The astonishing photograph above could become the new symbol of global warming, showing what happens when walruses lose the sea ice on which they traditionally rest. The image, taken by Corey Accardo during the National Oceanic and Atmospheric Administration's annual arctic mammal aerial survey, shows an estimated 35,000 walruses crowded onto a beach eight kilometers north of Point Lay, Alaska.
Although walruses (Odobenus rosmarus) often collect in large numbers on sea ice, this is the largest gathering seen on dry land. Numbers have fluctuated since the “haul out” was spotted on September 13, peaking two weeks later. Until 2007, walrus colonies on dry land were rare, but in six of the last eight years they have been occurring on a large scale.
Even in less large gatherings, smaller walruses can be injured or killed in a stampede, such as when the group is charged by a polar bear. With a group such as this one, a stampede could have utterly disastrous consequences. Consequently, the US Federal Aviation Authority has ordered the rerouting of flights that could spook the mighty pinnipeds into a race for the water. Aerial film crews have been ordered to keep their distance.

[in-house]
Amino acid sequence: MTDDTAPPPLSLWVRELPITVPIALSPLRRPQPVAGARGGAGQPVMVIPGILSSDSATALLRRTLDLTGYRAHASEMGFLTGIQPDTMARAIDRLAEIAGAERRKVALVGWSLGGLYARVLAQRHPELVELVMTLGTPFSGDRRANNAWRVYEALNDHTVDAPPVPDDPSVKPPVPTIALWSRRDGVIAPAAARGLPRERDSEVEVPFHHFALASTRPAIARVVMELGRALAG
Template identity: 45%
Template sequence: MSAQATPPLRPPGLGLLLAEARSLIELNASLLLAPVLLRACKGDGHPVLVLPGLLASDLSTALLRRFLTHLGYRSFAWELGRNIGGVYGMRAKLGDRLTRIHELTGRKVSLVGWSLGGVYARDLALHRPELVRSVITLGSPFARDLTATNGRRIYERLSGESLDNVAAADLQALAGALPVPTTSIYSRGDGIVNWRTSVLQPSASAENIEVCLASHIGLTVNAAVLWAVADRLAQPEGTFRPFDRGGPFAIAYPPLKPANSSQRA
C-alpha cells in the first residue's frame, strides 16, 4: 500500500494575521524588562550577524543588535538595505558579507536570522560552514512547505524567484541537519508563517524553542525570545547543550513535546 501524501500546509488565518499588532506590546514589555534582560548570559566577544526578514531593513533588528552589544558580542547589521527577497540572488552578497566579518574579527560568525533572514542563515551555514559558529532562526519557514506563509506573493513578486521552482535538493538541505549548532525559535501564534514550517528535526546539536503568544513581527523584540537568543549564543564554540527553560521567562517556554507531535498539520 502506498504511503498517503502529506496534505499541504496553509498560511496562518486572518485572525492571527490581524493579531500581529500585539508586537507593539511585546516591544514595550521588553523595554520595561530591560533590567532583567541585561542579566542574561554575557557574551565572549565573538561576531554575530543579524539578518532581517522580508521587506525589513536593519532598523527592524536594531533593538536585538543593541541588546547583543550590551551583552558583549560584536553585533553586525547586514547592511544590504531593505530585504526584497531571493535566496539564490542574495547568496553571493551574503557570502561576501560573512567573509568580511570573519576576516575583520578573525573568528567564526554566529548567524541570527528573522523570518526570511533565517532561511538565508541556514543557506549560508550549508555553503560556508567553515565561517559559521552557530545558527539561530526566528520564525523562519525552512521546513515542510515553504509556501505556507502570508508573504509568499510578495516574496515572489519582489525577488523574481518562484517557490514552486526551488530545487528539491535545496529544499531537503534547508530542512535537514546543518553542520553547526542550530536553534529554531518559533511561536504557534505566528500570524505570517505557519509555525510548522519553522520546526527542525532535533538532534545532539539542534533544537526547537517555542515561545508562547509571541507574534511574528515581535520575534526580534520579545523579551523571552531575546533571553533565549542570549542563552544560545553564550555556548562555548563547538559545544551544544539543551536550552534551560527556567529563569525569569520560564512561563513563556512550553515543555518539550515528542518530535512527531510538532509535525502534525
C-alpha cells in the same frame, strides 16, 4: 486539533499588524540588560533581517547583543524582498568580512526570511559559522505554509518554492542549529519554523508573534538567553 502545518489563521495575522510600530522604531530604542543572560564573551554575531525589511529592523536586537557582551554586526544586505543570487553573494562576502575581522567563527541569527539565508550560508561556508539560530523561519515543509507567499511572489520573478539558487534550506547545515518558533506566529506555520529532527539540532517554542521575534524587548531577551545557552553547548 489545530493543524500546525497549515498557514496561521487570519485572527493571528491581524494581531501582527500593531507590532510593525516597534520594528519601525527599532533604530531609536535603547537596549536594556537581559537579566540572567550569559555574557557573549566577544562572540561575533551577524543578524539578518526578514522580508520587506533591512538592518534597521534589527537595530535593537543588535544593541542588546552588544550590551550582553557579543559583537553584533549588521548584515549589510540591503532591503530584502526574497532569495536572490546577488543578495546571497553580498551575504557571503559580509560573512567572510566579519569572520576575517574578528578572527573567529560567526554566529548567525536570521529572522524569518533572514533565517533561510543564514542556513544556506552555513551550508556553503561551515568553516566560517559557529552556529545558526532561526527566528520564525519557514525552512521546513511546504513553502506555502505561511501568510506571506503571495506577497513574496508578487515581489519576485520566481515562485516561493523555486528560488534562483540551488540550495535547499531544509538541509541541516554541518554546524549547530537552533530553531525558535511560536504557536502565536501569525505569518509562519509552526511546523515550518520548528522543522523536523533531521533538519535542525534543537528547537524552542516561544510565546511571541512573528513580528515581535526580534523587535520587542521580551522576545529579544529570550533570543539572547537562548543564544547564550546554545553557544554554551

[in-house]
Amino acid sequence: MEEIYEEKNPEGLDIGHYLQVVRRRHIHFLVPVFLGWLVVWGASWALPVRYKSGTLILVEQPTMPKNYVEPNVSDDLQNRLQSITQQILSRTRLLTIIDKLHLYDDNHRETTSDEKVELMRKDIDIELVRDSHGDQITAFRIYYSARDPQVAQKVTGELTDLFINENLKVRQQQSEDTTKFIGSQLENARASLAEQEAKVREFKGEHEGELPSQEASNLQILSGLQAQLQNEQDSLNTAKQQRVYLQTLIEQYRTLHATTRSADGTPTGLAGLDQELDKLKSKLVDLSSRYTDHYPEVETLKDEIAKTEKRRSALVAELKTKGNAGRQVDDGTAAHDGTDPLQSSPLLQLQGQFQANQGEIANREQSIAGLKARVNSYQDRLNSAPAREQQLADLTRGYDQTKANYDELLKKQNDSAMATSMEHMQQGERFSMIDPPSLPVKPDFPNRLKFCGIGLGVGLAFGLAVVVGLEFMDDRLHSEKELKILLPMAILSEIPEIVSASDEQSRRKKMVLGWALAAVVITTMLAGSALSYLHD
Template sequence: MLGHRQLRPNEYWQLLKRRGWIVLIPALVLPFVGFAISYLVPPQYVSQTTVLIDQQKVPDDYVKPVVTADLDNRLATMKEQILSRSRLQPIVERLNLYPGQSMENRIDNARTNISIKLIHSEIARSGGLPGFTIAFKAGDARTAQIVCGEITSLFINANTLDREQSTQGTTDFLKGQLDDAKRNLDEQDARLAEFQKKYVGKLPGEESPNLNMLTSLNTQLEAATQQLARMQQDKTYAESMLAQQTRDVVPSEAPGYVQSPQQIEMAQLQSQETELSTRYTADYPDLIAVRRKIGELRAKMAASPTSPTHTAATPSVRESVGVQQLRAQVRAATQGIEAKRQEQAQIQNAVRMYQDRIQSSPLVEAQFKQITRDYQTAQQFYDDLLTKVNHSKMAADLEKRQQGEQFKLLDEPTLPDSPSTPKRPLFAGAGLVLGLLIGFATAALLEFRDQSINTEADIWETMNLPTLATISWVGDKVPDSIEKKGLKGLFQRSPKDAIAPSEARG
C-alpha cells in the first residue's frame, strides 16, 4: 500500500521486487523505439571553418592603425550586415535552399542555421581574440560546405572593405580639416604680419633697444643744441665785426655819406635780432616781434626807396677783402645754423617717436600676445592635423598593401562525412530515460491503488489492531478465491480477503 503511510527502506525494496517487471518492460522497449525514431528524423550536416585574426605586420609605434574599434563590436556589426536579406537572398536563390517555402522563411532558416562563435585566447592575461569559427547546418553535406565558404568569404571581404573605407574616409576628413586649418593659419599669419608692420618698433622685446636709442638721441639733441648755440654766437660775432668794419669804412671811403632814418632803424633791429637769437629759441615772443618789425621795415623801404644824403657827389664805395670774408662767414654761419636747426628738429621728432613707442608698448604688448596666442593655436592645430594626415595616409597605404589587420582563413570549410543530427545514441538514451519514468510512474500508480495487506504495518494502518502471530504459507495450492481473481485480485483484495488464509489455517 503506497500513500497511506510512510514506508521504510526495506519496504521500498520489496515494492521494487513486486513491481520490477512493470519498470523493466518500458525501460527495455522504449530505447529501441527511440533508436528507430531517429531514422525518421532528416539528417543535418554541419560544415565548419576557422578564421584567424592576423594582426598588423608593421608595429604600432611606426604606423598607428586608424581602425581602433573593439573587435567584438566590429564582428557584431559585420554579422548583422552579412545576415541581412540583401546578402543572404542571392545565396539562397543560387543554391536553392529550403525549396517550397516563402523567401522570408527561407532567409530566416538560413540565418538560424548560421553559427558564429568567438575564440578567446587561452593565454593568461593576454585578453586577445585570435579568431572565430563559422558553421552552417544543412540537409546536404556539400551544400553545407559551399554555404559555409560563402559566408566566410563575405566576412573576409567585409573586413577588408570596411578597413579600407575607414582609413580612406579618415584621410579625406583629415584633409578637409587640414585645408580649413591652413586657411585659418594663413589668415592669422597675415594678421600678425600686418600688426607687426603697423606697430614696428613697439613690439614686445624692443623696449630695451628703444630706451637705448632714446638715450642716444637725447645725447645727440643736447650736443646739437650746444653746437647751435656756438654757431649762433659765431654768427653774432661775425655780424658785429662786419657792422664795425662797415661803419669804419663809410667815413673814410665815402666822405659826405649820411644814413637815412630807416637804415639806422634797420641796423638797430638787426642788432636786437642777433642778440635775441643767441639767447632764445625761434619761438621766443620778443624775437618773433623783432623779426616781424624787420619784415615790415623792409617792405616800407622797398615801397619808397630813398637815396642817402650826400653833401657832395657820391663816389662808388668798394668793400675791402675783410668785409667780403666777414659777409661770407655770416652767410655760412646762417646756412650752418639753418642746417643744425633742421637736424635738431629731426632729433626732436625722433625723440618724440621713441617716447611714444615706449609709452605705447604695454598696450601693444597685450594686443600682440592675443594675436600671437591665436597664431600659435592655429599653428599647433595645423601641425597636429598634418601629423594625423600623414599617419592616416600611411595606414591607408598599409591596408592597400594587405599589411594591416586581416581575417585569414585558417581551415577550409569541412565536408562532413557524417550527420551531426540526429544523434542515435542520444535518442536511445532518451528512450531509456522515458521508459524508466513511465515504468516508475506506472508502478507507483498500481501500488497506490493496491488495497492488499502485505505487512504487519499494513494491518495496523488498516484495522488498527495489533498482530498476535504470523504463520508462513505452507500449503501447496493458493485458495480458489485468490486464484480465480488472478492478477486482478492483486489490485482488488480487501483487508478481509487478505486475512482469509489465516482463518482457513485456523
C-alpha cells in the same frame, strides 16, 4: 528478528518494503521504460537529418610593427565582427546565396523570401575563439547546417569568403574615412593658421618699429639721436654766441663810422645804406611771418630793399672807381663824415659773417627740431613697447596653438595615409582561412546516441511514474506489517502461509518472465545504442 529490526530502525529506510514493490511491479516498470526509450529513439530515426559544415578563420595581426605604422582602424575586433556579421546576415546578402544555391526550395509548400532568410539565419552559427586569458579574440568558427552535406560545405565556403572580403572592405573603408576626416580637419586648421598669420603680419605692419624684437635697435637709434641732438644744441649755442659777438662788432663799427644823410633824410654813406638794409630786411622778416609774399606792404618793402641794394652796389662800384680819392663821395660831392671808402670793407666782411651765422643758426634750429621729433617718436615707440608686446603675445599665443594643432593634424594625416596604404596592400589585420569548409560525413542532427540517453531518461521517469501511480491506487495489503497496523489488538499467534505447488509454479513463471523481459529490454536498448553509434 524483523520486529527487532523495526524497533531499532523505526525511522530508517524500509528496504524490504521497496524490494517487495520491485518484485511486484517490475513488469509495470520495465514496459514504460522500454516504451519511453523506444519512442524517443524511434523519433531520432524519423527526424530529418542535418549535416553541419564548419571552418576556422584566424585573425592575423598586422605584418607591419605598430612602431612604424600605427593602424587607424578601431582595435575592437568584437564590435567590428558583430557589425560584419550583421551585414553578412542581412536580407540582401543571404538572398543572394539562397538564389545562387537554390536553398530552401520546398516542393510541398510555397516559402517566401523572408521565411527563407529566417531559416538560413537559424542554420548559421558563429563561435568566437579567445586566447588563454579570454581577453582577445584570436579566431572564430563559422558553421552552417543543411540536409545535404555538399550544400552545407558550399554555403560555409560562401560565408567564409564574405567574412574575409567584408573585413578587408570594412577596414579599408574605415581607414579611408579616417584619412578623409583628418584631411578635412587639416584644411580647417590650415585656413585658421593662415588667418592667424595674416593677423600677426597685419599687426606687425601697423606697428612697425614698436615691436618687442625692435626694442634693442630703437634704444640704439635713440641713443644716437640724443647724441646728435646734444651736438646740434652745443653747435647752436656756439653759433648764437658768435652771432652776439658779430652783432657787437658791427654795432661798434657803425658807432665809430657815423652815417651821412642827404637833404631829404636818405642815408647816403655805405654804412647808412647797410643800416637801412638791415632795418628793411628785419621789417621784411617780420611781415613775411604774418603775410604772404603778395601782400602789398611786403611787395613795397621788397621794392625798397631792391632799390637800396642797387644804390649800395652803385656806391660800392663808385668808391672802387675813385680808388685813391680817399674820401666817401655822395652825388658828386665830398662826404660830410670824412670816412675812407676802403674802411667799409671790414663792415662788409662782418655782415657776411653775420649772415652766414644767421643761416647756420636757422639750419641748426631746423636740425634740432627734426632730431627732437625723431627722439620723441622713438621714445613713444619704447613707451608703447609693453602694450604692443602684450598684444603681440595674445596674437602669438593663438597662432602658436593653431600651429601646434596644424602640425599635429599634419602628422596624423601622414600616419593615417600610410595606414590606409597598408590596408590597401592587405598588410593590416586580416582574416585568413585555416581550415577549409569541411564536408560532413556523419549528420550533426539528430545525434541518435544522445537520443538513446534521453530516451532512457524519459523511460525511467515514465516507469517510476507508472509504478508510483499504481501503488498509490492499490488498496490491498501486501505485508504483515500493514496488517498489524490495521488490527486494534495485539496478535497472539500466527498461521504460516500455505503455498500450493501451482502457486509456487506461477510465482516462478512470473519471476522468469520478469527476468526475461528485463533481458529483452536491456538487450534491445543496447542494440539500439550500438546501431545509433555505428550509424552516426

However, while flight restrictions might minimize the risk of baby walruses getting crushed in a frenzy, the major threat to Odobenus rosmarus is climate change. The decline in Arctic sea ice has become so drastic that US Geological Survey's Chadwick Jay warned, “Those animals have essentially run out of offshore sea ice, and have no other choice but to come ashore.”
US Geological Survey. Walruses have become so numerous at some spots they are spilling off the beach.
A USGS statement notes, “Hauling out on shore forces walruses to either forage near shore where their prey base is understood to be of lesser quality or to travel long distances to their preferred offshore foraging grounds.”
Walruses play a unique role in the Arctic ecosystem. While hunting for clams and other bivalves on the ocean floor, they release nutrients into the water column and encourage the growth of many species.
The loss of sea ice does not pose the sort of direct threat to humans through drowning of low lying areas that melting glaciers do, but it is thought to be causing unpleasant weather effects in Europe and North America. As World Wide Fund for Nature put it, “We are the walrus.”